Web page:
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Review: The Nightingale – “An urgent, uncompromising odyssey of self-discovery”

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Australian actor-turned-director Jennifer Kent stunned critics and audiences alike with her 2014 debut, The Babadook. Equal parts terrifying and tragic, its meditative approach to trauma and grief has hung firmly in the memory since; a theme which carries over in her sophomore effort – albeit a film in which people are the true monsters lurking in the shadows.

You’ve probably heard about The Nightingale. The film prompted a plethora of walkouts during its festival run earlier this year, with many unable to stomach its unrelenting brutality. It’s both fair and true to attest that Kent’s follow-up is not for everyone – heck, even the steeliest of viewers will likely feel nauseous under the immense weight of its ferocity. But those brave enough to undertake this towering and essential feat of filmmaking will be rewarded with an urgent, uncompromising odyssey of self-discovery.

Some will likely pigeon-hole Kent’s latest as a “rape-revenge” flick. A pretty flimsy way of summarising what is a sprawlingly ambitious, socially complex period drama; highlighting the unspeakable horrors of colonisation in 1800s Tasmania in excruciating detail. We follow Clare (Aisling Franciosi) – an indentured Irish convict servant, in bondage to the merciless Lieutenant Hawkins (Sam Claflin). Overdue her ticket to leave, and wishing to start anew with her husband and baby, Hawkins relishes in his refusal to relinquish control.

This soon leads to a devastating, heartbreaking conflict which shatters Clare’s life into blood-sodden fragments. Not one to go down quietly, Clare defies the odds as she heads into the vast and unforgiving Outback in a bid to pursue Hawkins and his small party to Launceston – where the drunken Lieutenant is striving to land a major promotion. She enlists the aid of Billy (Baykali Ganambarr) – an Aboriginal tracker who too has a score to settle with the repressive English. Together the broken pair embark on a voyage of revenge and redemption, in which an unlikely alliance is formed.

At 136 minutes, this is very much a marathon; not a sprint. However, Kent sets the unyielding tone from the very first frame. Shot in boxy 1.375 “Academy” aspect ratio, and entirely lacking an orchestral score, The Nightingale is both technically and thematically suffocating. There is nothing to divert your attention away from the atrocities which unfold throughout its lengthy duration; Kent quite simply cages you in with the lions and lets them feast.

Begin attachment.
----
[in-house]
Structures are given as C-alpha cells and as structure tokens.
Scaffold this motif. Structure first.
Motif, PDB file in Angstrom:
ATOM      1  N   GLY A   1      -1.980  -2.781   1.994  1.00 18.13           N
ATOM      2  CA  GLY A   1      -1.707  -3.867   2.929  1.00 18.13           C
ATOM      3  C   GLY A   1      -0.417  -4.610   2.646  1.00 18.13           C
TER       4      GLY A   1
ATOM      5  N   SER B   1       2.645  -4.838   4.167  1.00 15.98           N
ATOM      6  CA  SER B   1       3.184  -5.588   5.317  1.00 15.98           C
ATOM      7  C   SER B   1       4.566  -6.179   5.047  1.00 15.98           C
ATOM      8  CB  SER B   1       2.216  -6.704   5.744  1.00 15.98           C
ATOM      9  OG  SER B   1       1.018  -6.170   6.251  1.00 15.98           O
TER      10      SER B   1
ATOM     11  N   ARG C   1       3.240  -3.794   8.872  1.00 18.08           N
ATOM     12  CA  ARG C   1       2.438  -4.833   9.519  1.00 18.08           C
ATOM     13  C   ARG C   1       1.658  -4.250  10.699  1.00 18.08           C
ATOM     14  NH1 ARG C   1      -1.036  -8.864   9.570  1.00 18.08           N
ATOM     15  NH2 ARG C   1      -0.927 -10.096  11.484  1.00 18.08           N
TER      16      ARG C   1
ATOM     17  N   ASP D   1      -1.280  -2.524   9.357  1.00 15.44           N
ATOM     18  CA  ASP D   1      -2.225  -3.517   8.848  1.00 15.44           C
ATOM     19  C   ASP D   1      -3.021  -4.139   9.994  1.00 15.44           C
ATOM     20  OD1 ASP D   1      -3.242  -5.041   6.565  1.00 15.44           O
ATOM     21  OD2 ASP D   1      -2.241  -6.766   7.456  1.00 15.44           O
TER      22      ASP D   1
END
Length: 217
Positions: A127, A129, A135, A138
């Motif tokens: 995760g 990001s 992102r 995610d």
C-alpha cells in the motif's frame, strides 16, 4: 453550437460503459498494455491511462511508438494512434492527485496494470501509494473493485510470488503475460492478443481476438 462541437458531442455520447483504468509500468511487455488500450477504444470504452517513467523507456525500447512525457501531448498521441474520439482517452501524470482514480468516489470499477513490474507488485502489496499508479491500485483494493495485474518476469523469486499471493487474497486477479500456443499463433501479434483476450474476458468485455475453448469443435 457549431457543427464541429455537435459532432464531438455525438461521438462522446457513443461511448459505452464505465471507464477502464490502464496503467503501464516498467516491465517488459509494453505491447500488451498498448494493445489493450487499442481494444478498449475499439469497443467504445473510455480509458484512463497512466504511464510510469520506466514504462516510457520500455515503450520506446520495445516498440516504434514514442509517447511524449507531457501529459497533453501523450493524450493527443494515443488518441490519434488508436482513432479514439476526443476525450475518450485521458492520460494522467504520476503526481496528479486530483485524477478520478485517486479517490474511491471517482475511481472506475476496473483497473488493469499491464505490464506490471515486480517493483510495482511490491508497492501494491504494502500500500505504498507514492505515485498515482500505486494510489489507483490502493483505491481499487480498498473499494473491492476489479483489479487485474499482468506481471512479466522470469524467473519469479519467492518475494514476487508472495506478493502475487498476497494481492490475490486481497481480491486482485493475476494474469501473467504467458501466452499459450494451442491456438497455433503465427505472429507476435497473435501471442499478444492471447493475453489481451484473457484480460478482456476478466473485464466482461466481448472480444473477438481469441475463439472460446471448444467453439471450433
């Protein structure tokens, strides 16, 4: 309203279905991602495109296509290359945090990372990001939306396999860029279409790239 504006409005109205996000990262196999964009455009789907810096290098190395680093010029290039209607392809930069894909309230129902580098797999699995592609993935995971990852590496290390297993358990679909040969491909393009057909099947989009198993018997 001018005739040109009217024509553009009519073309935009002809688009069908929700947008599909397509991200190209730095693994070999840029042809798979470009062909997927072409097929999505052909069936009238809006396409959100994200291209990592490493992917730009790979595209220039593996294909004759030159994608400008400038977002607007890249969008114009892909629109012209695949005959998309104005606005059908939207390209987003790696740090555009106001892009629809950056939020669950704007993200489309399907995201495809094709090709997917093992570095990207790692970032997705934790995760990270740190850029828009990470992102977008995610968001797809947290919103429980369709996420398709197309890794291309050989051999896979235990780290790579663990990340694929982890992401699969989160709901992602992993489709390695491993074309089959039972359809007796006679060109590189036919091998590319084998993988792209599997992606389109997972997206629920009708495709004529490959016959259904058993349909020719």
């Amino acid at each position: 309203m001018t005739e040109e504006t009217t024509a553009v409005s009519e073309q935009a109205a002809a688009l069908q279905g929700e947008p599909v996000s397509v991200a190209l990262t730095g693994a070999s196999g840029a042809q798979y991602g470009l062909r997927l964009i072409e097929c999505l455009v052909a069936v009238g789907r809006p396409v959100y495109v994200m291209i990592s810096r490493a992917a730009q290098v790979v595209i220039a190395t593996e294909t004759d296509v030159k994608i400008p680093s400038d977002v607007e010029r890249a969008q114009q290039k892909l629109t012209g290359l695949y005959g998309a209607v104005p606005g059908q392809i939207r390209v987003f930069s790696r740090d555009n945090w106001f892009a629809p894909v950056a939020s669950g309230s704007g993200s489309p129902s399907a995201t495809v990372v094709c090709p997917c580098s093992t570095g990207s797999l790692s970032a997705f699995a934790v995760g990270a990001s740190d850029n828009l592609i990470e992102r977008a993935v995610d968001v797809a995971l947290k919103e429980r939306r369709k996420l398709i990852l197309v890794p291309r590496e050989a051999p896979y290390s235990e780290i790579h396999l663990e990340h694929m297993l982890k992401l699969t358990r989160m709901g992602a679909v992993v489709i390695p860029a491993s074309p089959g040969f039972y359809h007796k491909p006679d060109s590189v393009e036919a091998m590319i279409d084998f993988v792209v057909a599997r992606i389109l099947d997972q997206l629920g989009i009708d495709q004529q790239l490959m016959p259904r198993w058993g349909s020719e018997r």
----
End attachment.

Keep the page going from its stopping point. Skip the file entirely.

The first act, in particular, is extremely challenging – in fact, it’s probably the most uncomfortable, upsetting introduction to any film released in 2019. Once seen, you’ll understand why some festival-goers just couldn’t hack it. Because even fans of extreme cinema will likely flinch at the prolonged and repeated sequences of graphic rape and violence in the first 30 minutes; all captured with blistering realism and honesty. Never is the film gratuitous or exploitive though, rather historically accurate and entirely necessary for both character and plot. Yet the acts are undeniably alarming; leaving the viewer feeling wounded, dirty, and distressed.

The barbarity continues throughout as we enter the ruthless Australian Outback – a landscape rife with danger and demons; be that animals, insects, or worst of all, people. Just like the journey Clare and Billy undertake, you’ll be pulled through the bush and thorns; cut to ribbons by their steeliness, yet fulfilled by their unfailing sense of compassion. Because, for a film so heavily founded on savagery and sadism, The Nightingale is remarkably empathetic – using hurt as a healer. Our heroes emerge from the dirt as new spirits; scarred by their past, yet in charge of their future. Kent ensures there is a powerful, and indeed beautiful, poetry being told here.

Despite the bitterness of its vengeful subject matter, Kent continues to prove herself as an incredibly melodic auteur. The film is exceptionally crafted; punctuated with ethereal, primal cinematography, and astonishingly framed character shots. She has also elicited world-class performances from her central trio, with relative newcomer Franciosi delivering an absolute powerhouse of harrowing mastery. The trust shared between actor and filmmaker is both vital and sacred when making a project of this emotional intimacy and scale, and the evidence of their union shines impeccably throughout. The same can be said for both Ganambarr and Claflin – albeit in conflicting circumstances. Clare’s Aboriginal companion, Billy, manages to be both darkly humorous, and shatteringly poignant in equal measure. First-timer Ganambarr is particularly impressive in key moments which underpin the atrocious racism he and his fellow indigenous people suffer at the hands of the “white man”.

On the other hand, Kent unleashes the finest, most fearless performance of Claflin’s career. Frequently typecast as an everyday English nice guy, here he completely loses himself in a character which repeatedly pushes boundaries and comfort zones. Hawkins is unimaginably grotesque, and unthinkably evil, and Claflin entirely commits to his deviance. His accomplishment absolutely floored me.

The Nightingale seethes with anger; outlining the immoral and inexplicable injustice served to those caught within its tyrannical world. Yet there is a symphony of soul and spirit which pierces through the blackness – carving an unforgettable adventure of hard-earned hope and dignity. You don’t really watch Kent’s incredible second feature, rather survive it, but wear the bruises it leaves you with valour. This is astonishing, important, and downright unmissable cinema.

The Nightingale is out now in select cinemas and on-demand courtesy of Vertigo Releasing.

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